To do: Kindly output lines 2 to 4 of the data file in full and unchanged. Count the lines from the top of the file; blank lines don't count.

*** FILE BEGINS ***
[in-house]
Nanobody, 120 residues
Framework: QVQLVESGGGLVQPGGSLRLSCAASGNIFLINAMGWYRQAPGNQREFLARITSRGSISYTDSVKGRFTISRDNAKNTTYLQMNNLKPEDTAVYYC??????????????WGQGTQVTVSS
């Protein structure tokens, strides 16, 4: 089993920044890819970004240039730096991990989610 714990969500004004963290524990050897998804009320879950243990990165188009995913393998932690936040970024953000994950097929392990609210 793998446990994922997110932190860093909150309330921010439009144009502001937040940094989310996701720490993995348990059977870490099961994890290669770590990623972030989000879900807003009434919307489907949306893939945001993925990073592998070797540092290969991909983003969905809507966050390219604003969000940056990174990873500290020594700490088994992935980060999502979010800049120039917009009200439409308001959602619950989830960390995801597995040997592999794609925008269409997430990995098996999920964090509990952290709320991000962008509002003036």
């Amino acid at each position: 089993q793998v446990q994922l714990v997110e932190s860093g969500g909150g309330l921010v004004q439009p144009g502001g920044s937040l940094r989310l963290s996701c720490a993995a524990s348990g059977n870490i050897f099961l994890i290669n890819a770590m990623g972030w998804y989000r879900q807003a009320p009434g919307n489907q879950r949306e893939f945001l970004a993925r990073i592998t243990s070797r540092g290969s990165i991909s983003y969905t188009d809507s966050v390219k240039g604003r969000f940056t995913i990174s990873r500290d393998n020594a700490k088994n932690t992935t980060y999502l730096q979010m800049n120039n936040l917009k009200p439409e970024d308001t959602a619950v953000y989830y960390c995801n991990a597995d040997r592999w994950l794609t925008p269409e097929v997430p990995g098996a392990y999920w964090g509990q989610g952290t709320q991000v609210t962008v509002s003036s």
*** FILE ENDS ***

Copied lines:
Nanobody, 120 residues
Framework: QVQLVESGGGLVQPGGSLRLSCAASGNIFLINAMGWYRQAPGNQREFLARITSRGSISYTDSVKGRFTISRDNAKNTTYLQMNNLKPEDTAVYYC??????????????WGQGTQVTVSS
């Protein structure tokens, strides 16, 4: 089993920044890819970004240039730096991990989610 714990969500004004963290524990050897998804009320879950243990990165188009995913393998932690936040970024953000994950097929392990609210 793998446990994922997110932190860093909150309330921010439009144009502001937040940094989310996701720490993995348990059977870490099961994890290669770590990623972030989000879900807003009434919307489907949306893939945001993925990073592998070797540092290969991909983003969905809507966050390219604003969000940056990174990873500290020594700490088994992935980060999502979010800049120039917009009200439409308001959602619950989830960390995801597995040997592999794609925008269409997430990995098996999920964090509990952290709320991000962008509002003036």